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Unit 2- Key People & Groups
Terms in this set (28)
John D Rockefeller
(1839-1937) American industrialist and philanthropist; made a fortune in the oil business and used vertical and horizontal integration to establish a monopoly on the steel business.
(1835-1919) American industrialist and humanitarian; focused his attention on steelmaking and made a fortune through his vertical integration method.
(1794-1877) American business leader who controlled New York Central railroad and up to 4,500 miles of railroad track; later donated $1 million to a Tennessee university.
(1831-1897) American business leader who made a fortune in the railroad business by designing and building railroad cars, including a sleeper car.
Thomas Alva Edison
(1847-1931) American inventor of over 1,000 patents; invented the lightbulb and established a power plant that supplied electricity to parts of New York City
(1860-1935) American social worker and activist; co-founder of Hull House, an organization that focused on the needs of immigrants; helped found the American Civil Liberties Union and won the Nobel Peace Prize in 1931.
Political party formed in 1892 that supported free coinage of silver, work reforms, immigration restrictions, and government ownership of railroads and telegraph and telephone systems.
Booker T Washington
(1856-1915) African American educator and civil rights leader; born into slavery and later became the head of Tuskegee Institute for career training for African Americans; advocate for conservative social change.
(1868-1963) African American educator, editor, and writer; led the Niagara Movement, calling for economic and educational equality for African Americans; helped found National Association for the Advancement of Colored People.
(1849-1914) Newspaper reporter, reformer, photographer; his book How the Other Half Lives shocked Americans with its descriptions of slum conditions and led to tenement housing legislation in New York.
Term coined for journalists who "raked up" and exposed corruption and problems of society.
(1857-1944) Investigative journalist; she wrote a report condemning the business practices of John Rockefeller in McClure's magazine; articles became the basis for her book; The History of the Standard Oil Company.
(1866-1936) Muckraker and managing editor of McClure's magazine, he wrote about government corruption in his 1904 book, the Shame of the Cities.
(1855-1925) Progressive American politician; active in local Wisconsin issues and challenged party bosses. As governor; began the reform program called the Wisconsin Idea to make state government more professional.
Women's Christian Temperance Movement
Reform organization that led the fight against alcohol in the late 1800s.
(1839-1898) Temperance and women's suffrage advocate, leader in the Women's Christian Temperance Union (WCTU) and the Prohibition Party.
(1846-1911) Temperance advocate; took extreme measures to further her cause by entering saloons in her native state of Kansas and smashing bottles of alcohol with a hatchet.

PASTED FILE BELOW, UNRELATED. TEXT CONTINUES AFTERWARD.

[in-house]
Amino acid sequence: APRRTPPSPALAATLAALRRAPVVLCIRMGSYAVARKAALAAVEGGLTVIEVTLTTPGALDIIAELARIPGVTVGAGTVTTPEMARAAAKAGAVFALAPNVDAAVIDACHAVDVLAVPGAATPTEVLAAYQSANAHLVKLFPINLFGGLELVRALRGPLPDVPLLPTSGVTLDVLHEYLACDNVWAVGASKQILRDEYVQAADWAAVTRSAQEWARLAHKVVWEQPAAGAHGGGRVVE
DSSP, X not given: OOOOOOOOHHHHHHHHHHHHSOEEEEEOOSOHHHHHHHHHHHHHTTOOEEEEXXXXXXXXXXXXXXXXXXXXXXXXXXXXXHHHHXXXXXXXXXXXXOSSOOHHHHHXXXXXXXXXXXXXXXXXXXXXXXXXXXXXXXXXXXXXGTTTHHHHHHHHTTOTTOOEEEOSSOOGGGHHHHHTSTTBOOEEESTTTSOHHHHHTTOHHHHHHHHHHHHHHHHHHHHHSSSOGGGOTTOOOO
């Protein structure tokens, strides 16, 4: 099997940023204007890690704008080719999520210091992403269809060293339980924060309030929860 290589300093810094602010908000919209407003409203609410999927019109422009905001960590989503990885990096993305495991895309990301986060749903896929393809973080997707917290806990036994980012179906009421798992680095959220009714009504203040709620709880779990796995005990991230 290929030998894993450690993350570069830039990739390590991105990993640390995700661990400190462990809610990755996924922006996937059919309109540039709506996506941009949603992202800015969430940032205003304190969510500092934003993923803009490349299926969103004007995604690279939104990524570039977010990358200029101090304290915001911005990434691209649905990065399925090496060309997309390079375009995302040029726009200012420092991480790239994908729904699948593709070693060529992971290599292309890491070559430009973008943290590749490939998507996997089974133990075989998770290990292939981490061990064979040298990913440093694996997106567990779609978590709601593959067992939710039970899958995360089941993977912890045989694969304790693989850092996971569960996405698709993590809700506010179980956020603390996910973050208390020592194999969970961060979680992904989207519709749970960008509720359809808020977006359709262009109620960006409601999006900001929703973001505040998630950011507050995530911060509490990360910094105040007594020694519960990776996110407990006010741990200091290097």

National Association of Colored Women
Organization founded in 1896 that worked to fight poverty, segregation, lynchings, and the persistence of Jim Crow Laws that denied African Americans the right to vote; later it campaigned for temperance and women's suffrage; helped form settlement houses, hospitals and schools to serve African Americans.
(1820-1906) American social reformer; active in the temperance, abolitionist, and women's suffrage movements and was co-organizer and president of the National Woman Suffrage Association (NWSA).
National American Woman Suffrage Association
NAWSA organization founded by Elizabeth Cady Stanton and Susan B Anthony in 1890 to obtain women's right to vote.
(1858-1919) Twenty-sixth president of the US; focused his efforts on trust busting, environmental conservation, and strong foreign policy.
(1878-1968) Novelist whose 1906 book, The Jungle, depicted the unsanitary conditions at meatpacking plants; book brought about a public outcry, which led to consumer-protection laws.
(1838-1914) Naturalist who believed the wilderness should be preserved in its natural state; largely responsible for the creation of Yosemite National Park in California.
(1865-1946) Conservationist who was chief of the Forest Service; under his leadership millions of acres of land were added to the national forests.
(1857-1930) Twenty-seventh president of US; angered progressives by moving cautiously toward reforms & by supporting Payne-Aldrich Tariff; lost Roosevelt's support; defeated for a second term.
(1866-1945) Governor of California and US senator; helped form the Progressive Party, or Bull Moose Party, and ran as its vice-presidential candidate with Theodore Roosevelt.
(1856-1924) Twenty-eighth president of the US; proposed the League of Nations after WWI; reform legislation included direct election of senators, prohibition, and women's suffrage; created the Federal Reserve System and the federal Trade Commission and enacted child labor laws.
(1885-1977) American social reformer, suffragist, and activist; founder of the organization that became the National Woman's Party (NWP) that worked to obtain women's suffrage.
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